Caveman / Levalet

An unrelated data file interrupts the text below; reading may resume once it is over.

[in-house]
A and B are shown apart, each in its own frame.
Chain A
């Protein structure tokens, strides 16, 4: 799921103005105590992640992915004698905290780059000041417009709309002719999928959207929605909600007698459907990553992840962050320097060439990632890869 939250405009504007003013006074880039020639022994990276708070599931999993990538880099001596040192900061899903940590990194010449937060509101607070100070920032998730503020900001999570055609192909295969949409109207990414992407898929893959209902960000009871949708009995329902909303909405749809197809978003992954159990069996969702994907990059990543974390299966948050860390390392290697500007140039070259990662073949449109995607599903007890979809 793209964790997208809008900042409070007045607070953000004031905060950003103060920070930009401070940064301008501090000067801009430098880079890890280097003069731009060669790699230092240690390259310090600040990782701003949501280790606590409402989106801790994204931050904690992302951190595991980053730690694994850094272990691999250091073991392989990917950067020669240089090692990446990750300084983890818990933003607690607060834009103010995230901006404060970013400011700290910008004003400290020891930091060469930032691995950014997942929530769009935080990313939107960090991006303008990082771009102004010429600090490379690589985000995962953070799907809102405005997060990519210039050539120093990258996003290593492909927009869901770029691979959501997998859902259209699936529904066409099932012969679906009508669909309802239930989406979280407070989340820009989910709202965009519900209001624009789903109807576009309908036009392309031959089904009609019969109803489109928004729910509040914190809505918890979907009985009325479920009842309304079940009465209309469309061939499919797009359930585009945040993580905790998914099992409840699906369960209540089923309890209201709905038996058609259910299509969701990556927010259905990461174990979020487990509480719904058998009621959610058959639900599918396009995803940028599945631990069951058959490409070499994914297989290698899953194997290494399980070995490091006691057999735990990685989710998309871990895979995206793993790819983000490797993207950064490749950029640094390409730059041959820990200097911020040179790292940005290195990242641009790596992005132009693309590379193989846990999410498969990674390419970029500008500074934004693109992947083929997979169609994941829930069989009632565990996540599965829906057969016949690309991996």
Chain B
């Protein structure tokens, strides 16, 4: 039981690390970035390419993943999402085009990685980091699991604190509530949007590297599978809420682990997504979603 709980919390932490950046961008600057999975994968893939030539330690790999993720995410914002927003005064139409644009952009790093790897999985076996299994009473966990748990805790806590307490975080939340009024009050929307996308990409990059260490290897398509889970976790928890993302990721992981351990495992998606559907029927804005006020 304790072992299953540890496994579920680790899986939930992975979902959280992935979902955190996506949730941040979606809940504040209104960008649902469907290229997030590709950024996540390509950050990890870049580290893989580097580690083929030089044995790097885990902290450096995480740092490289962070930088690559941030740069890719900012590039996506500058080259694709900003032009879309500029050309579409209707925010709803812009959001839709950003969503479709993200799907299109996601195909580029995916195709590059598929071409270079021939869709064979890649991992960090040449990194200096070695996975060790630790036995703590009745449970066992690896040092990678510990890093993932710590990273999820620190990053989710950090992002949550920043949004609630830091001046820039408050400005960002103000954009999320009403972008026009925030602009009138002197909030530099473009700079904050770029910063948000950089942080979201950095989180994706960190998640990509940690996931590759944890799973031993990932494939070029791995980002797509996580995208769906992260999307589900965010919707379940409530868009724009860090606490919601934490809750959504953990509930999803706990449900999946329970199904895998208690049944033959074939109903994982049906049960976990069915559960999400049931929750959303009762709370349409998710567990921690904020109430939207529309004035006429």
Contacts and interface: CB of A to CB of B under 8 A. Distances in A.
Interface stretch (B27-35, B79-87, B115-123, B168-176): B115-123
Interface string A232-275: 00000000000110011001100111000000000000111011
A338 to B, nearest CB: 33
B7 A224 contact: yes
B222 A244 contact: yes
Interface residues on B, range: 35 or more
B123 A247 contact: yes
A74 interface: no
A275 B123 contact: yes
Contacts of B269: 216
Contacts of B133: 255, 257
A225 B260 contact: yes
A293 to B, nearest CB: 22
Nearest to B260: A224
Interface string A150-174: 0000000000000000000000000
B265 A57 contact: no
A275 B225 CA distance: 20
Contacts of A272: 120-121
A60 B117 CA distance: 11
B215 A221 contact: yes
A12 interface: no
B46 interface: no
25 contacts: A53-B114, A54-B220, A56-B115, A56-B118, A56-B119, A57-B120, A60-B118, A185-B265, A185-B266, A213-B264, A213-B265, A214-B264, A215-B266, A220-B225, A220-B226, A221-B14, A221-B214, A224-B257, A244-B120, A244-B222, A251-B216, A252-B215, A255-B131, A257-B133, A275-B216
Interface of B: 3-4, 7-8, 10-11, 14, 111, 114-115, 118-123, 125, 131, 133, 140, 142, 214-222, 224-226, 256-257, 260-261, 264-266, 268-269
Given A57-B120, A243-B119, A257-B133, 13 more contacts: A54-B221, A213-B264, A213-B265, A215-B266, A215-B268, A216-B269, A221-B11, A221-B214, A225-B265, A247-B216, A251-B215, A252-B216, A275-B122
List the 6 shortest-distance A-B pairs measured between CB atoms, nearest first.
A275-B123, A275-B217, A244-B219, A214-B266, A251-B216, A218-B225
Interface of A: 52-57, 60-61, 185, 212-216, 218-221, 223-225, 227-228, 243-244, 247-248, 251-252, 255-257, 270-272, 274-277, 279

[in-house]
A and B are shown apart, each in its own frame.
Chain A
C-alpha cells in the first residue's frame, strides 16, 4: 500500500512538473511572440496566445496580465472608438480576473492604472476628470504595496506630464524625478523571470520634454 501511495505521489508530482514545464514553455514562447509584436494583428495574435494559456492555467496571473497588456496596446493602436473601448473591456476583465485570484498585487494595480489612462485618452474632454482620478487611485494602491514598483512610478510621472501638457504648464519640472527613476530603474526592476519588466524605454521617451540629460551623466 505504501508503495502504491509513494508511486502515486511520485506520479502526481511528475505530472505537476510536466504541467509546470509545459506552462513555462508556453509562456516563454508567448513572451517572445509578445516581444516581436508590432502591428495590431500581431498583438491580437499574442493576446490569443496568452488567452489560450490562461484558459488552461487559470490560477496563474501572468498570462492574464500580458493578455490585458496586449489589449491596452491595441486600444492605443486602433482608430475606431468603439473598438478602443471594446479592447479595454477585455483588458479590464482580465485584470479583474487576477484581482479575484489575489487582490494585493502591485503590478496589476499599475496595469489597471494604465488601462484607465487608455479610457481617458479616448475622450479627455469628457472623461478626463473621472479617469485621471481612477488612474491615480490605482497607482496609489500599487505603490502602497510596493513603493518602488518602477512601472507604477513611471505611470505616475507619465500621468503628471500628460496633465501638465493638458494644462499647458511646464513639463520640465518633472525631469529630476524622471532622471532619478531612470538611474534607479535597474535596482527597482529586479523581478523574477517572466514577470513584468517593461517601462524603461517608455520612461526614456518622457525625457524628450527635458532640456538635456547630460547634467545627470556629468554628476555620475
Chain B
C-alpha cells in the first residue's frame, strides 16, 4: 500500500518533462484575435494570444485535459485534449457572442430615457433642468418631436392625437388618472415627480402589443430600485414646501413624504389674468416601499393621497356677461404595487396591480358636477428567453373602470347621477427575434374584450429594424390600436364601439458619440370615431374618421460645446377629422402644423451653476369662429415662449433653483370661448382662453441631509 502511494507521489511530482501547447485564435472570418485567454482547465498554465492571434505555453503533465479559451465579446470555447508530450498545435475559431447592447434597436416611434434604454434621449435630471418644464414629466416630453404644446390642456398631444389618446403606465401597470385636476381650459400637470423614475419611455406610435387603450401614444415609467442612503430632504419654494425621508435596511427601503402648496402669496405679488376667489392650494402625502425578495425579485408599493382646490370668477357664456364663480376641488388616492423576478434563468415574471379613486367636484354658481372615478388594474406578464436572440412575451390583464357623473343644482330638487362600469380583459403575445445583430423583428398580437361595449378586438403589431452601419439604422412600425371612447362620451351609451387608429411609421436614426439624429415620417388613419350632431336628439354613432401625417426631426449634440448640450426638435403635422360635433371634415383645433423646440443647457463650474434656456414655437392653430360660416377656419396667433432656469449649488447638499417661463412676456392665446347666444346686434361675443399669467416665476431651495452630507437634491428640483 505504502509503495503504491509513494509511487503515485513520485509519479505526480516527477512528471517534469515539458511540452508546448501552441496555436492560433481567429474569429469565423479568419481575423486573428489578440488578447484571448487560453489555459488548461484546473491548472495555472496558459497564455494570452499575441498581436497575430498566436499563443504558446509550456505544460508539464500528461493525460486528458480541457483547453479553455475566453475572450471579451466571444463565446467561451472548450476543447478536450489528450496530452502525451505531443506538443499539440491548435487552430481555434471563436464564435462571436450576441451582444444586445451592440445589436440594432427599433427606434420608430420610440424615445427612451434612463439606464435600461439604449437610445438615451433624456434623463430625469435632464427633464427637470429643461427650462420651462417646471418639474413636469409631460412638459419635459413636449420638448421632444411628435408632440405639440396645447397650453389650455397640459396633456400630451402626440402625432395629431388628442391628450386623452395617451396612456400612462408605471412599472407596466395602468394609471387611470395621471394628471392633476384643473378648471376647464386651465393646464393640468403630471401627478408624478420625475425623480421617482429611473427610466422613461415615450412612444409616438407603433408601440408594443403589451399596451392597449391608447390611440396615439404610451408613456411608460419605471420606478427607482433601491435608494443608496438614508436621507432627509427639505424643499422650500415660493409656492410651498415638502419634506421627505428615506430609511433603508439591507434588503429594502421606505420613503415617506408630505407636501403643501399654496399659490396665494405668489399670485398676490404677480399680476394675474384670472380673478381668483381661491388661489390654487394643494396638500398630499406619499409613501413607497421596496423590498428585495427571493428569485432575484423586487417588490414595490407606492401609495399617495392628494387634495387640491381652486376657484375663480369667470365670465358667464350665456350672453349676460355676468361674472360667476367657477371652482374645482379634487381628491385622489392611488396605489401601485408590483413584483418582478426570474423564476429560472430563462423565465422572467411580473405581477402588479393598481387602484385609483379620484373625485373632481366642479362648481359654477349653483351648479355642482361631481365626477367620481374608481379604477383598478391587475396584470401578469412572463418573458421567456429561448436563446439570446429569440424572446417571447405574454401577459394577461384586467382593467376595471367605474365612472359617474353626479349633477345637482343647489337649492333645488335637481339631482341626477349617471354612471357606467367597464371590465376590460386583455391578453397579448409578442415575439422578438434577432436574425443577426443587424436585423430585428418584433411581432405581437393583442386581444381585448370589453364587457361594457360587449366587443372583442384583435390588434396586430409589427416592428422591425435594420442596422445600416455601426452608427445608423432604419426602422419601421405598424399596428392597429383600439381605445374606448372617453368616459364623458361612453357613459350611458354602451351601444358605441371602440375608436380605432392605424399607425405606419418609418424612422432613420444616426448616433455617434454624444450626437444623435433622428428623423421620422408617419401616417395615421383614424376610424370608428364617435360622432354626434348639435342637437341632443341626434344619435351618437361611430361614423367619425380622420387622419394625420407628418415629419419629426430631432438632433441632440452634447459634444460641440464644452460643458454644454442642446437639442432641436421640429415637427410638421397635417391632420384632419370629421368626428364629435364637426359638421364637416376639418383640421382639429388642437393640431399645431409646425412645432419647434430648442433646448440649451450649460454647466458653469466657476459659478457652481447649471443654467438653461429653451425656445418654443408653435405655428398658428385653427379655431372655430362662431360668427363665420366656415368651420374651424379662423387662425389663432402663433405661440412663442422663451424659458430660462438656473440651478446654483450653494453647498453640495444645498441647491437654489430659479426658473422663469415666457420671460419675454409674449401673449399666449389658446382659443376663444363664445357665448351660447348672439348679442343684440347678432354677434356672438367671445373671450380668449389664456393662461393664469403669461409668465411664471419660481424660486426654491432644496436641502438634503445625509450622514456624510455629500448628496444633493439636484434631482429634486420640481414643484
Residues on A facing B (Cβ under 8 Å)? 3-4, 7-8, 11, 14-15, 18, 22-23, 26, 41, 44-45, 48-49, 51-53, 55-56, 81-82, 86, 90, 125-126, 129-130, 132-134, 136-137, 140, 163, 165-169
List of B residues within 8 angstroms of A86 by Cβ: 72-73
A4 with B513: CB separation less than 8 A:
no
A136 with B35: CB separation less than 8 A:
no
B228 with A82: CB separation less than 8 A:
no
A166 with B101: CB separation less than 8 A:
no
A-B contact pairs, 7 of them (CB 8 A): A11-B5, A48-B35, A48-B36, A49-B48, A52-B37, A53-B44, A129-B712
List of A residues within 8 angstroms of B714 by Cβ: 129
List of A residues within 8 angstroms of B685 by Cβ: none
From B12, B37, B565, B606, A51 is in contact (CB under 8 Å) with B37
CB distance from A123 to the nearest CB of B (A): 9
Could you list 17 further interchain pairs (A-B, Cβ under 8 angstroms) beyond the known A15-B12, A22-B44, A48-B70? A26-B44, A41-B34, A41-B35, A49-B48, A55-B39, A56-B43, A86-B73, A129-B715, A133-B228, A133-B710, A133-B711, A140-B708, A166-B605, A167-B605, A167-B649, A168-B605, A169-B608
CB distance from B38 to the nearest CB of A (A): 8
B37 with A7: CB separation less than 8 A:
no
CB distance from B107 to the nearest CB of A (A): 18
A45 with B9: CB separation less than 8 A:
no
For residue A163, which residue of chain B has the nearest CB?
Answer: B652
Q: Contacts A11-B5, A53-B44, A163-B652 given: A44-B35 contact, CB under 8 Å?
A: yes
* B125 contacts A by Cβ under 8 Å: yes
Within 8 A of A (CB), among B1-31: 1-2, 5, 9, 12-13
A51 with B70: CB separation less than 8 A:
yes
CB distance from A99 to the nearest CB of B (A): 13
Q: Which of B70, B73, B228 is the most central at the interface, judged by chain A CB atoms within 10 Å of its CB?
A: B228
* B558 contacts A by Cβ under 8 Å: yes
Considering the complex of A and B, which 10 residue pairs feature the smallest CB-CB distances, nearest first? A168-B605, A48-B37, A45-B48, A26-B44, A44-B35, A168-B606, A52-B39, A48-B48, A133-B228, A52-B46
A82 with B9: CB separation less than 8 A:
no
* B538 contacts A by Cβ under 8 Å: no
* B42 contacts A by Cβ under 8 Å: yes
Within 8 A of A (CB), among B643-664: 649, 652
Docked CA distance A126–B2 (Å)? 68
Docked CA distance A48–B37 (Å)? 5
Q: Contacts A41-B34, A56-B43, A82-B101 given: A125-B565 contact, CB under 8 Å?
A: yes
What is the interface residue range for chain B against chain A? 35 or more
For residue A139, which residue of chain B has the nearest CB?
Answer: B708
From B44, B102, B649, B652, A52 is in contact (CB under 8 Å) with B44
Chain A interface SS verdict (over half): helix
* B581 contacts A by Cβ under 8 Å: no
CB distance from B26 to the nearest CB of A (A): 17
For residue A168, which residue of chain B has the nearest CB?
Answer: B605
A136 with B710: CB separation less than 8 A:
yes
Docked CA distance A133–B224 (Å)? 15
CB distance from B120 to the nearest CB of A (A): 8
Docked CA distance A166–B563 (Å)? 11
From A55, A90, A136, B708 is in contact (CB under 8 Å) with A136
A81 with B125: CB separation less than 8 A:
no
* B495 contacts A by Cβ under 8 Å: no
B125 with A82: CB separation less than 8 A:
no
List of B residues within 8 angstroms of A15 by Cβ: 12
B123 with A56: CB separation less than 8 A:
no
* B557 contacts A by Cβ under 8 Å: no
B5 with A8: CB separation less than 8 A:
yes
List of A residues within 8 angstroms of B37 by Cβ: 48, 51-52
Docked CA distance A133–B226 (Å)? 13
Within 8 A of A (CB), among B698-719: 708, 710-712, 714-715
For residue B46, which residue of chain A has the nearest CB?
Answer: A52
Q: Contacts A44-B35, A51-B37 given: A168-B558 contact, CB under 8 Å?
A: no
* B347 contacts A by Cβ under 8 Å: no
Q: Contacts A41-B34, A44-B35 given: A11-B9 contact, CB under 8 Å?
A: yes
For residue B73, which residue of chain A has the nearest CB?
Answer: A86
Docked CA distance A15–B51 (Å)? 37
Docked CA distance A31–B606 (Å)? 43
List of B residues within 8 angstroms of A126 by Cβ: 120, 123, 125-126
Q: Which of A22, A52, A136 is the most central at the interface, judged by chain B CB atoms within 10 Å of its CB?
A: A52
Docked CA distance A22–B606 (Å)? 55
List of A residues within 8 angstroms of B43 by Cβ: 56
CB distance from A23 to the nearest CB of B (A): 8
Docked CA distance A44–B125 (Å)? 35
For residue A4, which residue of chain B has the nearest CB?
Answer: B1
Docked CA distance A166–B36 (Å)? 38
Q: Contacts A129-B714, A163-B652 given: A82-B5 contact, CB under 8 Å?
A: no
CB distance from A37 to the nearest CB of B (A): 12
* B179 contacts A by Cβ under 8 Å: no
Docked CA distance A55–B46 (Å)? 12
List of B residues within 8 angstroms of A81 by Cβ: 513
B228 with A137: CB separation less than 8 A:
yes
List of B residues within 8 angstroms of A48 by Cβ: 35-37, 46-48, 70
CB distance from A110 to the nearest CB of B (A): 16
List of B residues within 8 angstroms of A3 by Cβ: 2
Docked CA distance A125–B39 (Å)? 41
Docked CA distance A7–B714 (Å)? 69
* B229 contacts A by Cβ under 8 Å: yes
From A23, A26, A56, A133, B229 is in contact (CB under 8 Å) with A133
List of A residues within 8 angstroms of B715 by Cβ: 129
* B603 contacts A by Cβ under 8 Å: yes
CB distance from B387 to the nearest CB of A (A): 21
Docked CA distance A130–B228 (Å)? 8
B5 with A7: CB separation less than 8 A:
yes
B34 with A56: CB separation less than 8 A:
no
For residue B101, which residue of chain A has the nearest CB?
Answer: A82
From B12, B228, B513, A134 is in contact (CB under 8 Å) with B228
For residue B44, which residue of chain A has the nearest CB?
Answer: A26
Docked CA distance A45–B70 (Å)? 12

Charles Leval, known as Levalet, was born in 1988 in Epinal. He grew up in Guadeloupe, where he discovered urban culture and was introduced to the plastic arts. He continued his studies in visual arts in Strasbourg. Oriented towards video at the time, his work was nourished by an assiduous theatrical practice, the visual and narrative language of which is preserved in his urban works. He earned his degree in 2012, the year in which his work began to assert its place in the streets of Paris and elsewhere. In 2013, he embarked on exhibiting in galleries and on taking part in international urban events. Levalet's work is geared primarily to drawing and installation. He stages his characters drawn in Indian ink in the public space through a playful visual and semantic dialogue with the present environment. The characters interact with the architecture and unfold in situations often bordering on the absurd. The work is mesmerizing because of the technical mastery shown by the artist. These preliminary studies are carried out with Indian ink – a technique that does not allow for any imprecision. The outright black line is freed in the attitudes and movements of the characters that literally invade the windows of the façade. Between realism and surrealism, the artist stages confusing anachronisms. The work is more of an installation than a mural, as the artist capitalizes on the different planes of the façade to set the scene for his narrative. Each sketch functions as a real lamination of the space with at least three levels of reading, whereby each level is totally disconnected from the next. The three scenes reproduce the same pictorial scenario: a background of wild nature from which a grey silhouette emerges with a half-statuary, half-modern look that replicates itself on the foreground in trompe-l'oeil. Our first impression here is of natural gestures of almost living figures installed just on the window sill, only to grasp upon closer scrutiny that the attitudes are inspired by prehistoric men dressed in modern costume. The three windows together offer the viewer a burlesque sketch of the history of our western society: "This installation," explains the artist, "allegorically and humorously evokes not only the extent to which modern man has become unsuitable for a potential return to the state of nature, but also the fact that while the civilized world has greatly changed our environment, the deep nature of Homo sapiens remains the same as in prehistoric times". The artist is unawares making a kind of parody of our time in the very place where this story of man's gradual withdrawal from nature emerged. UNESCO recognition of the Neolithic site at Spiennes, a municipality in greater Mons, is actually based on the sedentarisation, extraction and exploitation of mining and finally on the specialization in the making and exchange of flint tools. Isn't Lavalet’s fresco the very foundation of our present society in the midst of a crisis?